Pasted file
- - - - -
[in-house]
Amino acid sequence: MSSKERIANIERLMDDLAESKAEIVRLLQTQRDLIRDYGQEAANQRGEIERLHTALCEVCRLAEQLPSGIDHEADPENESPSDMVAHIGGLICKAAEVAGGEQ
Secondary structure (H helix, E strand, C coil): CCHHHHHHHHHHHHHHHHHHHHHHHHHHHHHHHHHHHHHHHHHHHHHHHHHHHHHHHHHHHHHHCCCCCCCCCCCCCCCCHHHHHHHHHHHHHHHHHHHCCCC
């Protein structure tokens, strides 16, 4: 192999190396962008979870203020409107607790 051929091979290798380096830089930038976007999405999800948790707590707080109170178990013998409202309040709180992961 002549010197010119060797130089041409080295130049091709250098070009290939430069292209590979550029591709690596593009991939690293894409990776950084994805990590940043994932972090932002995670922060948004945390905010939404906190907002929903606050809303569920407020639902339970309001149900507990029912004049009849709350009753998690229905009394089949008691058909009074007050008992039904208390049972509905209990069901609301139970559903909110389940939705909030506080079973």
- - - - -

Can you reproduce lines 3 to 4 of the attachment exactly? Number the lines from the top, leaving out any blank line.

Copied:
Secondary structure (H helix, E strand, C coil): CCHHHHHHHHHHHHHHHHHHHHHHHHHHHHHHHHHHHHHHHHHHHHHHHHHHHHHHHHHHHHHHCCCCCCCCCCCCCCCCHHHHHHHHHHHHHHHHHHHCCCC
């Protein structure tokens, strides 16, 4: 192999190396962008979870203020409107607790 051929091979290798380096830089930038976007999405999800948790707590707080109170178990013998409202309040709180992961 002549010197010119060797130089041409080295130049091709250098070009290939430069292209590979550029591709690596593009991939690293894409990776950084994805990590940043994932972090932002995670922060948004945390905010939404906190907002929903606050809303569920407020639902339970309001149900507990029912004049009849709350009753998690229905009394089949008691058909009074007050008992039904208390049972509905209990069901609301139970559903909110389940939705909030506080079973």